The Tragedy of "Money" As We Know It
My aunt gave me 100 US dollars yesterday. Christmas present, I presumed and cause she's always been nice to me.
This sparked a discussion between my father and I.
"The [US] dollar is the world's reserve; wag mo papalitan." he replied after I expresed intentions to convert it to Bitcoin or bullion (kahit maliit lang ang value).
I showed him Geithner's signature on the paper note (former US Sec of Treasury). "You really trust this guy?" He chuckled and filled his glass with wine.
We continue to talk about Goldman-Sachs, bailouts, inflation, and the 07-08 recession.
You see, in 1971, during the Bretton-Woods agreement, most, if not all, of the world's monies were stripped of its equivalent or representation in gold reserves. Its worth now comes from the sheer edict of government (fiat currency).
This means that markets do not dictate the value of money or of interest rates. This discretion now resides among a group of a select few -- merely appointed and never elected; often times having ties with the administration and its cronies' companies. For the PH, it's the people over at BSP.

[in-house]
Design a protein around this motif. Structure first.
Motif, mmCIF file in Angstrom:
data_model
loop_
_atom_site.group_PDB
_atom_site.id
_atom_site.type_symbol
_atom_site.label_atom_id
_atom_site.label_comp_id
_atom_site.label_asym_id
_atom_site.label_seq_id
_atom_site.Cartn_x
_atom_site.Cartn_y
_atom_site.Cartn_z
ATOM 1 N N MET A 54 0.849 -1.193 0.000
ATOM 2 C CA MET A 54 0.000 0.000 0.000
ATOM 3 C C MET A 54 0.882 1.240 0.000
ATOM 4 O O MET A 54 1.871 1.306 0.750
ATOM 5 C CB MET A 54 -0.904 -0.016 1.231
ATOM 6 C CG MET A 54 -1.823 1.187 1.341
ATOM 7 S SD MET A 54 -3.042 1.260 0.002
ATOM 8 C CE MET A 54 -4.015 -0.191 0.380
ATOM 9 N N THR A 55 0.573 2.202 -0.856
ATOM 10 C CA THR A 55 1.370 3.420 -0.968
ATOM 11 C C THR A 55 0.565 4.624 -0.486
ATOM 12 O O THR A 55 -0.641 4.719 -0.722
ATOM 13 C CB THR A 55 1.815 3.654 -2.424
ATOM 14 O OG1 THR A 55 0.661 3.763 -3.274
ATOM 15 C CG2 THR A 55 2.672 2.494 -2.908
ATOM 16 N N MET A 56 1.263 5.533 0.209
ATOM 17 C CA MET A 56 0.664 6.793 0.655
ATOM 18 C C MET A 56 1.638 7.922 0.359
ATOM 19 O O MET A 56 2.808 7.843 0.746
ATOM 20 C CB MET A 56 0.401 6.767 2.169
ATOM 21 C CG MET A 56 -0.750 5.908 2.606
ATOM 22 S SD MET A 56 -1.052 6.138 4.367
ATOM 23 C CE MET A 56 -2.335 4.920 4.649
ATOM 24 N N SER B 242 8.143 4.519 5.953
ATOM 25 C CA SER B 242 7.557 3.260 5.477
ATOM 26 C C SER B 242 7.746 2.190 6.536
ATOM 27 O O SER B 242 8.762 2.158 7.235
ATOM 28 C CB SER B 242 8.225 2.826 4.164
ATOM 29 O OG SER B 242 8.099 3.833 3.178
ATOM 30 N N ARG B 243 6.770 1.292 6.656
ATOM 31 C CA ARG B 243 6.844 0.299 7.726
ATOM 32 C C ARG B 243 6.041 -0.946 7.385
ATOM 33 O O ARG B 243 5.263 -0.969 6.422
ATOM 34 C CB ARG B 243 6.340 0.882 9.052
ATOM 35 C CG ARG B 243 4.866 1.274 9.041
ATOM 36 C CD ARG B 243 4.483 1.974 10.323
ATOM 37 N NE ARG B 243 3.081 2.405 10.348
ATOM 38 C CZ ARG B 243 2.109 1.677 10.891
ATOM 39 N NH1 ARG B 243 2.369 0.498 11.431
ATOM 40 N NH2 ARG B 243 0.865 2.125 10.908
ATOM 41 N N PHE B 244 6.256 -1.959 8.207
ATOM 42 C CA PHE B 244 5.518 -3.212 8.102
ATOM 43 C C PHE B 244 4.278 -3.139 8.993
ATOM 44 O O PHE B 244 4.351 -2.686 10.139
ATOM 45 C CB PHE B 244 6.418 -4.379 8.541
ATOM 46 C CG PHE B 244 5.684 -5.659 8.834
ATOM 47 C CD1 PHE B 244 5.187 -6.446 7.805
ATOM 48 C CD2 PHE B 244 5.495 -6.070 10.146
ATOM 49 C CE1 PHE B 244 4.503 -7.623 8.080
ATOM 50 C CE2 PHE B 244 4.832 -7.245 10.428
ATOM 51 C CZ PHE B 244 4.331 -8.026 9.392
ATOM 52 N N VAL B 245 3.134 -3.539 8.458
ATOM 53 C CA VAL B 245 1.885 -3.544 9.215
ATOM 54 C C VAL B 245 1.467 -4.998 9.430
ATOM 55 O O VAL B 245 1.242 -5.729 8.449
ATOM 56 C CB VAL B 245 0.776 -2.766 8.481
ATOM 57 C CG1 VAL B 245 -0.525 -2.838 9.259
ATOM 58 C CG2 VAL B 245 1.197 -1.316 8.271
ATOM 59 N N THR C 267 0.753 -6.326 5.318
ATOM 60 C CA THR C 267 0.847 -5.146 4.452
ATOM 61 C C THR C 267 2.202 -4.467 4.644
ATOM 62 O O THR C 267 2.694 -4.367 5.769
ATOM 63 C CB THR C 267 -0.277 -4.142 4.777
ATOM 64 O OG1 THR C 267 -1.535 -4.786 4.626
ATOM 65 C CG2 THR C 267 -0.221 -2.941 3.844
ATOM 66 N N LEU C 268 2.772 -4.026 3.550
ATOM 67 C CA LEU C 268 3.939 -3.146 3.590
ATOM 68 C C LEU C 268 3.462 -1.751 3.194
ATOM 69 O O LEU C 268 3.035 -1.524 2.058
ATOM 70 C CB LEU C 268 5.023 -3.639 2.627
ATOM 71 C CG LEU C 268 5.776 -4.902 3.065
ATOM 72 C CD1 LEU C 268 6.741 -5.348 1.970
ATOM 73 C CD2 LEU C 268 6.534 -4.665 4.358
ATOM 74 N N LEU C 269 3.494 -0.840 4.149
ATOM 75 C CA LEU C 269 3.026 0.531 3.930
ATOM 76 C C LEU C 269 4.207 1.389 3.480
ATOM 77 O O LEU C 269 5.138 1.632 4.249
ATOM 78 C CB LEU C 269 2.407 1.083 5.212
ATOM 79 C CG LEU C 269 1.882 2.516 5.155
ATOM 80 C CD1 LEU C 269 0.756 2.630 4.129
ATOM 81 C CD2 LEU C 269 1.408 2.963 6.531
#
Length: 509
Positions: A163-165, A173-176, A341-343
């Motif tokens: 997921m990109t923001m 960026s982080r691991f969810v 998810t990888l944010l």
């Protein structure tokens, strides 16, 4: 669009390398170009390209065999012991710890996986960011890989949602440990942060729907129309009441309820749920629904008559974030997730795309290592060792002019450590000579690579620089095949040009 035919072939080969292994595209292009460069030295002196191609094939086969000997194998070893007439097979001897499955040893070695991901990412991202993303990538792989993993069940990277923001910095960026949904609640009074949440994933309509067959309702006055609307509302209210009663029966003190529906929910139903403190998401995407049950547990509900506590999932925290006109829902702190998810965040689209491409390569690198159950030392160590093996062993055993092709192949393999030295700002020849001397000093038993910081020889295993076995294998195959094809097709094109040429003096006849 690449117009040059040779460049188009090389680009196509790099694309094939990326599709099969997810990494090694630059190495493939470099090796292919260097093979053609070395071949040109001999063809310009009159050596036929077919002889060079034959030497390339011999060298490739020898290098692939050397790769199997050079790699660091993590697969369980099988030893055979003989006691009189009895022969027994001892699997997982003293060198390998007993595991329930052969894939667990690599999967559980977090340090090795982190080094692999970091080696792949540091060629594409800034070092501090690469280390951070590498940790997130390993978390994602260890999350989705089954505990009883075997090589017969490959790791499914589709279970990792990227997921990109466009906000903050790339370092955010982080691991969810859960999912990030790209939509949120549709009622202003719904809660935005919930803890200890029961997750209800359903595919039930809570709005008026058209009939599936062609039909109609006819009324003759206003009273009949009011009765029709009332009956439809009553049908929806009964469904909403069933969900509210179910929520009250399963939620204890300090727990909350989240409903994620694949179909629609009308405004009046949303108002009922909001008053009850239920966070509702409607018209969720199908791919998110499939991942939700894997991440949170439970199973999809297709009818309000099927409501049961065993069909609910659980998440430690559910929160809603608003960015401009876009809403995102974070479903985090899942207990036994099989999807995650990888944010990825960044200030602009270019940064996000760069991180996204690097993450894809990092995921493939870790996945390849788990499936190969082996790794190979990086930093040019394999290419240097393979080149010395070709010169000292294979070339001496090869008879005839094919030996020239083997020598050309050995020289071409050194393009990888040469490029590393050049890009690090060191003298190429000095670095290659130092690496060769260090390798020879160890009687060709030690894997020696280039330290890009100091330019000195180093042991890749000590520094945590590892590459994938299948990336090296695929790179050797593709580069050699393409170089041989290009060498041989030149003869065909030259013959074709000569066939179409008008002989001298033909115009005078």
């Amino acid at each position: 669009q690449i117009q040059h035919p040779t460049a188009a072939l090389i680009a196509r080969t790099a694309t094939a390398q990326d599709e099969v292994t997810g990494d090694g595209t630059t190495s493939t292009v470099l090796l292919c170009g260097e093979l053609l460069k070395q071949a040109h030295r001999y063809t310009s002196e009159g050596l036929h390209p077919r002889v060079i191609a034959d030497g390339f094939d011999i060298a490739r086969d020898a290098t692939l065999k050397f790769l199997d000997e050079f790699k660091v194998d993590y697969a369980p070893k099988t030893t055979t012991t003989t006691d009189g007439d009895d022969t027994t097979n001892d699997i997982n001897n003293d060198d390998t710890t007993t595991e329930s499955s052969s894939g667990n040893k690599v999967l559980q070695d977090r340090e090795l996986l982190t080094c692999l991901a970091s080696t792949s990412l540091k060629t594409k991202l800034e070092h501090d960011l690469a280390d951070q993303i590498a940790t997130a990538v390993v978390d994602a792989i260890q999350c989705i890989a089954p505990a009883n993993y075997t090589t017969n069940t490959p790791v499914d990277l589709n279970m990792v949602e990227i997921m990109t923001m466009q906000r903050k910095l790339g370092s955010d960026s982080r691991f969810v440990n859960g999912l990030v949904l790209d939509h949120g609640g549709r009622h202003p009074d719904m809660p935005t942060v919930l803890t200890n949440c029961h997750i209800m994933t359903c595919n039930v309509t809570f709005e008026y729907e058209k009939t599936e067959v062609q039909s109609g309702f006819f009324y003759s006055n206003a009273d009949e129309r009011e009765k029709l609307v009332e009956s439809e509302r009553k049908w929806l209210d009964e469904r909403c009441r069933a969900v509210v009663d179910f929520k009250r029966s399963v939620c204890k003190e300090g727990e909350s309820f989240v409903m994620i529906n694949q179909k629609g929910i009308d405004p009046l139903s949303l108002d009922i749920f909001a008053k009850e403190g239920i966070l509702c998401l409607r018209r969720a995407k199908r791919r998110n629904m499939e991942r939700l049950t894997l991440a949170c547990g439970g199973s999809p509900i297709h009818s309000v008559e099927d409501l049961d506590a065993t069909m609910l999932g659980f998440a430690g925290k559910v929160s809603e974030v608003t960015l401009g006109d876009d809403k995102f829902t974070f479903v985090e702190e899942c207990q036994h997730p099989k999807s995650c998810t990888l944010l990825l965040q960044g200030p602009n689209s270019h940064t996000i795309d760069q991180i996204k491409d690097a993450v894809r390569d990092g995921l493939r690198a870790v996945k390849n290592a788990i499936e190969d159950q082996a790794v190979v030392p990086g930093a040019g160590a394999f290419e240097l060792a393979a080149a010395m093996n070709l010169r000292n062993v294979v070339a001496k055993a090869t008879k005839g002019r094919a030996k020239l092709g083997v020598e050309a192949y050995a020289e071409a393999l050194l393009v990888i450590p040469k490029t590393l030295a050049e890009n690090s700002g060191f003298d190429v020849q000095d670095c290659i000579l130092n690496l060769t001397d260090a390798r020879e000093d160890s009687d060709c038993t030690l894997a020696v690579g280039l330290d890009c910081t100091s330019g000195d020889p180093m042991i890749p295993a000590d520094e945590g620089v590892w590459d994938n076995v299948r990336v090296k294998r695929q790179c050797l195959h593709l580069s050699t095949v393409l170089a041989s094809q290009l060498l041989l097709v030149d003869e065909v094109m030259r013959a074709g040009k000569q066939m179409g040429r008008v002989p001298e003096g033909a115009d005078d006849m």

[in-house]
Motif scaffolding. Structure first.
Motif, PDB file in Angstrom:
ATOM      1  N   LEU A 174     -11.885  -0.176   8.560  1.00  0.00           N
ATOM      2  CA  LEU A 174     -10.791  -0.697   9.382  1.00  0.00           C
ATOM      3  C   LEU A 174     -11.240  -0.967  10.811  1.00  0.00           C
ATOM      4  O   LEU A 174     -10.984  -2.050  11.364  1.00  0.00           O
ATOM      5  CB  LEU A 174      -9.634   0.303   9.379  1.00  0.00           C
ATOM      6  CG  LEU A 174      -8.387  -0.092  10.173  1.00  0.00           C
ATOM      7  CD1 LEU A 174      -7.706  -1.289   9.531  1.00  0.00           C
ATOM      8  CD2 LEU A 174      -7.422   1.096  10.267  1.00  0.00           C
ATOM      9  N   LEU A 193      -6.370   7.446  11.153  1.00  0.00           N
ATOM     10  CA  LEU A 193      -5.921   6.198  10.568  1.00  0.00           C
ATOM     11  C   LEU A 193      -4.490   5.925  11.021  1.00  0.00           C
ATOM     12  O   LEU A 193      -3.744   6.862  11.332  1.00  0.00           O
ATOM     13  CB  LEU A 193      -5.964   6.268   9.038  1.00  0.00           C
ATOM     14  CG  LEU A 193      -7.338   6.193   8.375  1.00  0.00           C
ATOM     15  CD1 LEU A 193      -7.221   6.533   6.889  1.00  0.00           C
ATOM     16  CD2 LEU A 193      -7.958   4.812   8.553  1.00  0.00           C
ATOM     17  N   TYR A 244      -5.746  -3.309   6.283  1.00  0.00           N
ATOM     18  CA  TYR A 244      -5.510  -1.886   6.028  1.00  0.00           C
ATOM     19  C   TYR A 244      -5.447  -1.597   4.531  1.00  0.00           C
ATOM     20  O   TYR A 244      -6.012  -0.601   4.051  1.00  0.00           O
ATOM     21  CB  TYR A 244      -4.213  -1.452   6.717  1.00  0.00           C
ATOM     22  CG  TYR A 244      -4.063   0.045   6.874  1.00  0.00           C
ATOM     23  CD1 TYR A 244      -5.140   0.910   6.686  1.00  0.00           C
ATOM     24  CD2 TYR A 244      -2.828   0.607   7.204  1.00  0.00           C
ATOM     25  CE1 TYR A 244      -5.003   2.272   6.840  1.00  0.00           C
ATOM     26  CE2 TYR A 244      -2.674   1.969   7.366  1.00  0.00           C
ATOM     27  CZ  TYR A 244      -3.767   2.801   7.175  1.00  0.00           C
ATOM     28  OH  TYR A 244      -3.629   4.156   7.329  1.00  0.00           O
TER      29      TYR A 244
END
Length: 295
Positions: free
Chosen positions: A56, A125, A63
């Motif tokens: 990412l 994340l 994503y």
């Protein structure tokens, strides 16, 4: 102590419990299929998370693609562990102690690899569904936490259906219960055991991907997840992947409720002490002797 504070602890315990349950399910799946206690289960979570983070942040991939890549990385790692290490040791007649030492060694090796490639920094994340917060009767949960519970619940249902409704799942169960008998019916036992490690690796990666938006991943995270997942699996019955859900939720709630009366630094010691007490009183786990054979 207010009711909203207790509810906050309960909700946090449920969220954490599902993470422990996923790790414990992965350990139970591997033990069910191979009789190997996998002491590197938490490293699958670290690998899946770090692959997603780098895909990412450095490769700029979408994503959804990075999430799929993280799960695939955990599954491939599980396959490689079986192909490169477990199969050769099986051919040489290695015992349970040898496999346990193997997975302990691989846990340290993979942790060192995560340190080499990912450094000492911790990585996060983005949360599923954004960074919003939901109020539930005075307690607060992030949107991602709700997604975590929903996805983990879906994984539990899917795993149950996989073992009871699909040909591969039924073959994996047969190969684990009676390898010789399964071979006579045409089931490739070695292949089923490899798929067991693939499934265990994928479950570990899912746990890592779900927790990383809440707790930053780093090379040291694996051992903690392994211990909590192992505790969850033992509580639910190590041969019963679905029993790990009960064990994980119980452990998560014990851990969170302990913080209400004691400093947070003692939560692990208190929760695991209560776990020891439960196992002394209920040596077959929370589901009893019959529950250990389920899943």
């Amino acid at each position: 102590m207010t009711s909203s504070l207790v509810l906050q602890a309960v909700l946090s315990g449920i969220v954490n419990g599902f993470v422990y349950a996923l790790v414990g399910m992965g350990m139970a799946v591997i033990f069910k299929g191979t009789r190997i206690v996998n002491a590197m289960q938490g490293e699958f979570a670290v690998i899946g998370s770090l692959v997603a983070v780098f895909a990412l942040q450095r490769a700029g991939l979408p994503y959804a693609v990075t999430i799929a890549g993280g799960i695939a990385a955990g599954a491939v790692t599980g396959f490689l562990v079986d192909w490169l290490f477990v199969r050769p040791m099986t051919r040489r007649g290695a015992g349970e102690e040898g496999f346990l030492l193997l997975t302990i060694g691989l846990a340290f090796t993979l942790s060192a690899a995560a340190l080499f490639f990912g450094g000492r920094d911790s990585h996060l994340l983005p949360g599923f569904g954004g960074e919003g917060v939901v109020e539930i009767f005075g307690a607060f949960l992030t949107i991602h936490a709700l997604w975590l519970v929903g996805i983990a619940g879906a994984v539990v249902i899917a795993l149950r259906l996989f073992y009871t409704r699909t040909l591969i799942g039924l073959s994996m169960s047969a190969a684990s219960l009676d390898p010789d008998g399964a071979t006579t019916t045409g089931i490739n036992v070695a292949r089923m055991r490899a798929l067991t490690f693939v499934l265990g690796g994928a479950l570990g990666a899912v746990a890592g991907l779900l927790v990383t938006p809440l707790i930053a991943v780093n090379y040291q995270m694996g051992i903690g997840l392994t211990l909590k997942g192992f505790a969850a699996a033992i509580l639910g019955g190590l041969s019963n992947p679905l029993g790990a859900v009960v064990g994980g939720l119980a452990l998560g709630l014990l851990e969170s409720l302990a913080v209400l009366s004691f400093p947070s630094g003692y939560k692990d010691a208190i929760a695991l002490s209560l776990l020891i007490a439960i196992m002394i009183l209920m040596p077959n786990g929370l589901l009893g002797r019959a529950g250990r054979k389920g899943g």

They are the esteemed 'expert' econometricians whose job is to plan and fix economies. This arrogance is partly what F.A. Hayek referred to as The Pretense of Knowledge.
I ended our conversation with my favorite ender for these kinds of arguments: "What is money?"
It remains mysterious and baffling, even to me, but he replied with a textbook answer: "it is a medium of exchange. Without central control [of the US, EU, local governments, etc.], that would mean chaos."
But could it really be that simple? If we look at history and if we try to define money and its qualifiers, we're bound to be taken aback. [recommended readings: The Politically Incorrect Guide to The Great Depression by Robert Murphy, How an Economy Grows and Why it Crashes by Peter Schiff]
It's appalling, really, especially for those who are not part of the oligarchy; for those who have nothing to eat or have no 'money' for education and whatnot.
I had the US paper note exchanged this morning and the long line made me reflect.
Just my two cents.